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Box 2 Screening for ANCA

From: French recommendations for the management of systemic necrotizing vasculitides (polyarteritis nodosa and ANCA-associated vasculitides)

Anti-neutrophil cytoplasmic antibodies (ANCA) form a family of autoantibodies directed against antigens contained in the primary granules (or azurophils) of the cytoplasm of neutrophils (but also of monocytes), above all myeloperoxidase (MPO) and proteinase 3 (PR3). The other ANCA targets (BPI, elastase, cathepsin G, lactoferrin) are of no clinical relevance and should therefore not be sought.  
ANCA research was based on the combination of two techniques: indirect immunofluorescence (IIF) on the one hand, and a technique studying the specificity of ANCA compared to MPO and PR3 on the other. The specific tests for the detection of anti-MPO and PR3 vary from center to center but are based above all on ELISA, flow fluorimetry (Luminex® instrument), or the dot blot. International consensus proposed in 2017 that tests targeted on the antigen, both more sensitive and specific than IIF, should be used as a first-line screening method for patients suspected of ANCA-associated vasculitides, e.g., without going through a preliminary screening on IIF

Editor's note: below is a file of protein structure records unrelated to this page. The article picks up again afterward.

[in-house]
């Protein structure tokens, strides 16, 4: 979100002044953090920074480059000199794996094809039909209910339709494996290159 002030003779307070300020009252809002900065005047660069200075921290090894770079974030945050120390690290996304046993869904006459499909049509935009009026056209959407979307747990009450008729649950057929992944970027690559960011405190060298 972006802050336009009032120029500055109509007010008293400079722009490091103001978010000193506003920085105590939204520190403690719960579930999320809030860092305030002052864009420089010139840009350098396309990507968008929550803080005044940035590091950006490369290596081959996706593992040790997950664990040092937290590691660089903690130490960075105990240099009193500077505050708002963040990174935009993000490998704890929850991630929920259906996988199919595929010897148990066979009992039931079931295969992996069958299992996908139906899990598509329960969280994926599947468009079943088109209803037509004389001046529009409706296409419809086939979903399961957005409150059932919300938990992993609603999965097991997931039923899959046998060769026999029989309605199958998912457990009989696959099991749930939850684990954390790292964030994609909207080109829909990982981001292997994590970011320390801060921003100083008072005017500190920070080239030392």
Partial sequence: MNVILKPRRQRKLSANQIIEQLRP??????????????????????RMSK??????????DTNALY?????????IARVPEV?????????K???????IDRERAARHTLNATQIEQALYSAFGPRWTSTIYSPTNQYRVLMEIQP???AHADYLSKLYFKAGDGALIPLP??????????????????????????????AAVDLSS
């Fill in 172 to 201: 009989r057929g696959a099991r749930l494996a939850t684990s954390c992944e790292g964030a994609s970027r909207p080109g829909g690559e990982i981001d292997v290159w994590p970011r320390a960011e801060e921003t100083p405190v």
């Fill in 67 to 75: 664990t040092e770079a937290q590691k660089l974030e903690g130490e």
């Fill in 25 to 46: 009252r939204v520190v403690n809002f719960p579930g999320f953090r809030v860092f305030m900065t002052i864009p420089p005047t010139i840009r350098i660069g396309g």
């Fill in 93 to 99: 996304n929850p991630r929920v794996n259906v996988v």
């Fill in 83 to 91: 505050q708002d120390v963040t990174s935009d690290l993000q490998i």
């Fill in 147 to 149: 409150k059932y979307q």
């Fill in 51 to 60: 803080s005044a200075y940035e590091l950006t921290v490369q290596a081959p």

However, specific immunoassays can be used by default, with false negatives, and can be supplemented by the IIF or another second-line validation test in the event of a strong clinical suspicion  
In severe forms, the rapid dot blot detection technique makes it possible to obtain an anti-PR3 and anti-MPO result in a few hours  
The detection of ANCA with anti-PR3 or anti-MPO specificity may, in the absence of a histological confirmation, be sufficient in a suggestive clinical context for retaining the diagnosis of vasculitis combined with ANCA and rapidly starting the treatment